end of the Cold War and the UN's weak Outer Space Treaty, in effect
since 1966, have done little to halt the silent efforts to develop
the weapons needed to one day dominate one's rivals in space.
2007, China successfully killed
a weather satellite using a solid fuel rocket. The U.S.
countered in 2008, with the missile
destruction of its spy satellite USA 193, which it said was
malfunctioning and could prove a "danger to people on
Now India has joined the game of militarization
of space. The director-general of India's defense research
organization on Jan. 3 told
the press that his country was currently working on an
exo-atmospheric kill vehicle and lasers, which could be combined to
destroy enemy satellites.
V.K. Saraswat, director-general of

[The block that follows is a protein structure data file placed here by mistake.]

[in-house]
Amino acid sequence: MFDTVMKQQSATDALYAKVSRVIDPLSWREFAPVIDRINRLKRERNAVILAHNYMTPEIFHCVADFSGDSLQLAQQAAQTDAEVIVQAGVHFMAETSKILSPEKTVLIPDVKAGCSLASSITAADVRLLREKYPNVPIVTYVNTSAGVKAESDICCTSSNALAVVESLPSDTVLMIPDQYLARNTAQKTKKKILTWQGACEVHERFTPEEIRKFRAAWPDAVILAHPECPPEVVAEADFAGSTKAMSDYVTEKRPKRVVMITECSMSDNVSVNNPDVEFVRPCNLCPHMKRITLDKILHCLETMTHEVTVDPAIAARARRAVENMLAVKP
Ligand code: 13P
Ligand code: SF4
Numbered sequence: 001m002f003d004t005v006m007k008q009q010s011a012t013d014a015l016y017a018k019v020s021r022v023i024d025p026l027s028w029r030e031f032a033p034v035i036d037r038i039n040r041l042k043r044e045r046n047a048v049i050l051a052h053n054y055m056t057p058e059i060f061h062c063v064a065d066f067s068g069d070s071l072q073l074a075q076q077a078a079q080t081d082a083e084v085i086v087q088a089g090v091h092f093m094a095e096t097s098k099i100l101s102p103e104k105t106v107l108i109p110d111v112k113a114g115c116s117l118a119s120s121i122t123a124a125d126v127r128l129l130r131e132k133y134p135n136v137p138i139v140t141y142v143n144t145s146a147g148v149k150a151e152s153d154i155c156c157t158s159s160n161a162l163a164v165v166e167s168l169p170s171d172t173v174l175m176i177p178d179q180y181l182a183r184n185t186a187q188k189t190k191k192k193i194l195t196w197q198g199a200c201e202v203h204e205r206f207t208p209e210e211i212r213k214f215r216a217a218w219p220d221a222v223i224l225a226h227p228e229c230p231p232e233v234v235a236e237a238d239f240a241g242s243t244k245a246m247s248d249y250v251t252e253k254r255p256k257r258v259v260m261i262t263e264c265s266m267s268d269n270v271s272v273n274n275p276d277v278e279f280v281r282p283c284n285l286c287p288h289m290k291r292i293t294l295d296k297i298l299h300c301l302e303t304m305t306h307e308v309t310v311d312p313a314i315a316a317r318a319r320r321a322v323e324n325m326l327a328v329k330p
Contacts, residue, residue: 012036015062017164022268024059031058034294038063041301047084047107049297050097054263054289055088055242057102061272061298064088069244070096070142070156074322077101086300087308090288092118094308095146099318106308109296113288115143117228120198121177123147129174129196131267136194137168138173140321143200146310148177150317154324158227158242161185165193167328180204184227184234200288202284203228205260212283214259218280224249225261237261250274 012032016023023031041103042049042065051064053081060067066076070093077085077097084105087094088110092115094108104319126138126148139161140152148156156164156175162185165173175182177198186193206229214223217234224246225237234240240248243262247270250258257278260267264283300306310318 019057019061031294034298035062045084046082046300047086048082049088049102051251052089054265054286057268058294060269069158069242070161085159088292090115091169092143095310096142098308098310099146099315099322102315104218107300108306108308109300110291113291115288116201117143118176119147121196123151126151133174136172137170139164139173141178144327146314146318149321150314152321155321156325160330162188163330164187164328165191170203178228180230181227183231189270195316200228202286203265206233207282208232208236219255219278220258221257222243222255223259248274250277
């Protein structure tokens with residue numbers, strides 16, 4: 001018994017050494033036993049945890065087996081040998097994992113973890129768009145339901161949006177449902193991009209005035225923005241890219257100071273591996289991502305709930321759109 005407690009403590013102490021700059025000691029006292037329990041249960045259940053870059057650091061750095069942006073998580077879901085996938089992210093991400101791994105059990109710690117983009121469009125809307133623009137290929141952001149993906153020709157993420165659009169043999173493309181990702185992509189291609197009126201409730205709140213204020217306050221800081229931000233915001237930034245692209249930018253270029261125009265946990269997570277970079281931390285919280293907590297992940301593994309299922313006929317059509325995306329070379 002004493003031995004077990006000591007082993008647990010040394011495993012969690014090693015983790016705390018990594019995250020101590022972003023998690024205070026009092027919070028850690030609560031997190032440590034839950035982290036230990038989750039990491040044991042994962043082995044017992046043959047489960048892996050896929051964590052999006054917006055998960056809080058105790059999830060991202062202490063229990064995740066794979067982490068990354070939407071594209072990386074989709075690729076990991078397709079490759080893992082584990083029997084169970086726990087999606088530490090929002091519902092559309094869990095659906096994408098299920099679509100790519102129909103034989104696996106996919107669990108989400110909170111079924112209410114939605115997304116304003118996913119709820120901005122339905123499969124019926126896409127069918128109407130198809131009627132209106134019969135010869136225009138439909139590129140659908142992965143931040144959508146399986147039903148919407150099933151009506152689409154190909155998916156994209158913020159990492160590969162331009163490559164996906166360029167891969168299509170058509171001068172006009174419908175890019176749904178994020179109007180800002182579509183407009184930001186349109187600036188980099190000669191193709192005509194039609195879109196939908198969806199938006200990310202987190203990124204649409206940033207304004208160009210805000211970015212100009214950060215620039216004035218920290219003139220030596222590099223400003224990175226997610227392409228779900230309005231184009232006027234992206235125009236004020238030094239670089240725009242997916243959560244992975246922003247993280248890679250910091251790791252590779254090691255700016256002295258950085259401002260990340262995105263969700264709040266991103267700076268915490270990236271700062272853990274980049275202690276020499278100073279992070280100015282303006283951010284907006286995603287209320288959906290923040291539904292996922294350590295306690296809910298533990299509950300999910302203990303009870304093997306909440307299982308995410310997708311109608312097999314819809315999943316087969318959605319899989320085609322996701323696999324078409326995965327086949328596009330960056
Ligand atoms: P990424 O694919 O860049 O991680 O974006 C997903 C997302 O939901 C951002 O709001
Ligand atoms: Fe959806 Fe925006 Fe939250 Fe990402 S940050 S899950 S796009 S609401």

the Defence Research and Development Organisation, which is part of
India's Ministry of Defence, elaborated, "The kill vehicle,
which is needed for intercepting the satellite, needs to be
developed, and that work is going on as part of the ballistic missile
The onboard lasers would not be used as
a high energy weapon, but rather as a positioning device to make sure
a destructive payload was delivered to the target. Mr. Saraswat
explains, "[The laser] will be able to give you a concrete
picture of the satellite, and use that picture to guide your kill
vehicle towards that. That work has yet to be done."
the efforts of China, the U.S., Russia, and now India are any
indication, it appears that past human wars on the land and on sea
may only be a prelude to wars in outer space; the sweeping stellar
battles of science fiction tales such as Star Wars may one day
become reality. For now, though, space warfare is unlikely
because there's little to be gained from it in terms of resources.
However, if man has not learned to coexist more peacefully by the
time we begin to colonize other celestial bodies and mine their
resources, tensions may boil over and successor of these space
weapons -- now mere novelties -- may see use.